The dog days of summer are upon us. The air is still, temperatures often stifling and anyone who loves the outdoors is looking for an alternative to crowded beaches and pools.
If adventure is in your blood, you may want to literally jump and bump into the world of whitewater rafting.
Whitewater rafting has been popular for decades, but it’s a sport where the participants must find the action, not vice versa. Only certain rivers with appropriate elevation changes will differentiate from simple floating or canoeing to the challenges and pure adrenaline rush of whitewater.
This is a sport where you can pick your own poison, from family friendly rafting trips on scenic, exciting rivers to trips down winding rivers full of rocks, whirlpools and plenty of danger awaiting around every bend.
I’ll begin by saying I’m a whitewater junkie who, along with my wife Linda, have tackled everything from the friendly Nantahala River in western North Carolina to the Rio Grande in Taos, New Mexico, to the granddaddy of them all, the Gauley River in West Virginia during the fall release season.
The first decision of anyone looking to try the sport is to carefully pick your starting point as far as technical difficulty. You don’t want to jump right in over your head with a river that is more suitable for those who have previous experience and know the ropes, no pun intended, which you may well be grasping for after being tossed out of the raft like a rubber ball.
Make no mistake about it, rafting is not an amusement park ride. You’ll want to go on your trip with an experienced rafting company (numerous at every whitewater river site) that will give detailed safety presentations to educate rafting participants about problems that may arise.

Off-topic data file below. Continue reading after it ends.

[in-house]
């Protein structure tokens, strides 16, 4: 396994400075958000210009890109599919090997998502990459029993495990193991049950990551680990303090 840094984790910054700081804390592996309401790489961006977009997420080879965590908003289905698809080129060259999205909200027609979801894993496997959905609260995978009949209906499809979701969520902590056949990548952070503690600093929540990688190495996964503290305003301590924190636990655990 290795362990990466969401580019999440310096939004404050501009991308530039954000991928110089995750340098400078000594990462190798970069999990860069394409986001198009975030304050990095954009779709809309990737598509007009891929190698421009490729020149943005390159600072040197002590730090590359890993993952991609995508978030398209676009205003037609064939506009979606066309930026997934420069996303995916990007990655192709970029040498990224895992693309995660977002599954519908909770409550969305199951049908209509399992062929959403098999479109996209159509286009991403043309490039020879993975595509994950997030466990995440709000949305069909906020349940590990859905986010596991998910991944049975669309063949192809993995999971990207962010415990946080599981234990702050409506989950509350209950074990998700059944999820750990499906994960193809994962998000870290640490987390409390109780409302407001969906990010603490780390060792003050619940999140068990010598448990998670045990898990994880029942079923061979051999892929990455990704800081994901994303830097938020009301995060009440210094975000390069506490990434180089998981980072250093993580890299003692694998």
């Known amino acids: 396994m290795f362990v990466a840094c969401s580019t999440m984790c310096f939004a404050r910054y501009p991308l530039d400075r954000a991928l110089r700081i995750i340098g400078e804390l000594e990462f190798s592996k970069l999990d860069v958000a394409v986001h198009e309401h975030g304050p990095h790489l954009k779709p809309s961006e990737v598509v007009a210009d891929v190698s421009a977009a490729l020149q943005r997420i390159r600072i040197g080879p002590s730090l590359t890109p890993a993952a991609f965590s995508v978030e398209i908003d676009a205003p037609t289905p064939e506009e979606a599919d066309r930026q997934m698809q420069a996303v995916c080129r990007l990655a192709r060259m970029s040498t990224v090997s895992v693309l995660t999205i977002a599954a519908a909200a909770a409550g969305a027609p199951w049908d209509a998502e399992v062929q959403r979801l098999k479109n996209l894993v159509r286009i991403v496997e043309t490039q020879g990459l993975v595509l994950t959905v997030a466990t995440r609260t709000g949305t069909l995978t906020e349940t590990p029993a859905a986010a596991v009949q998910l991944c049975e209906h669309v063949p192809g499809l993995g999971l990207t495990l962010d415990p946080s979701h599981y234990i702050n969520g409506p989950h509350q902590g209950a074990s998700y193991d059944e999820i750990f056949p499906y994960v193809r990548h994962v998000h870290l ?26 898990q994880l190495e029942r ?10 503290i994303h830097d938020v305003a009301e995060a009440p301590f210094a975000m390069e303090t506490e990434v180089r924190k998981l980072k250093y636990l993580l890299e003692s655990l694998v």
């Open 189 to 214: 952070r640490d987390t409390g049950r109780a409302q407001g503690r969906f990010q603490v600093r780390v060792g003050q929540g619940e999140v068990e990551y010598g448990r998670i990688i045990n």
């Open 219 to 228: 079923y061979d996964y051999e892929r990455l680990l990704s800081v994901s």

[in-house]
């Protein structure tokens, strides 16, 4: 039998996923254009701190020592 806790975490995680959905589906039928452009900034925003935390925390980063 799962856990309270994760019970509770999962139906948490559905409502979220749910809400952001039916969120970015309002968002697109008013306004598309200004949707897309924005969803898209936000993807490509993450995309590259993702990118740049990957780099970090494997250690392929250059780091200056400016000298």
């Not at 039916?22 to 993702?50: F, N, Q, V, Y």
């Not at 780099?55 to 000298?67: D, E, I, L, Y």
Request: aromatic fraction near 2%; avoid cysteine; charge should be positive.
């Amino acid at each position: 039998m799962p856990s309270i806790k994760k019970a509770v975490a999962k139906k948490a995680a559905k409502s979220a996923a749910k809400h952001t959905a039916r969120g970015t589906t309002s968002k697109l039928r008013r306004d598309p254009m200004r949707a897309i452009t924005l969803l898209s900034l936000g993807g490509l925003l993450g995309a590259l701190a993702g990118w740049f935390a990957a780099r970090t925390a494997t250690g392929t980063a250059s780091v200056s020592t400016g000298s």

The overall risk level on a rafting trip using proper precautions is low. Common sense drives safety. Improper behavior, like most activities, can lead to problems in a hurry in the middle of a fast-flowing river. Ignoring your guide’s instructions (most rafts have an experienced guide steering the craft from the back), being inattentive or rafting while intoxicated are the recipes for disaster.
Rafting outfitters generally require customers to sign waiver forms indicating the understanding and acceptance of potential serious risks. Medical conditions such as heart problems must be addressed, although you don’t have to be in excellent physical condition to enjoy Class III whitewater. Remember, you’ll be rushing down a river in a 15-foot rubber raft with typically 6-8 rafters and a guide, paddles and flotation devices.
That being said as a warning, most people, including families with children, will have the time of their lives that will be talked about for years. Your rafting company will even have you in photos and video when you finally reach the take-out (end) of your typical multi-hour trip that will have most in the boat clamoring to go again the next day.
So, if all this has your curiosity piqued and you’re ready for adventure, strap on your helmet and life jacket on your way to picking a river.
River difficulties are based on the types of water rapids you’ll encounter along the way, using the internationally accepted rating system that rates whitewater from Class I through Class VI, where Class I-II is conducive to first-timers and families with kids, to Class VI that is deemed nearly impossible and very dangerous and involves risk of life.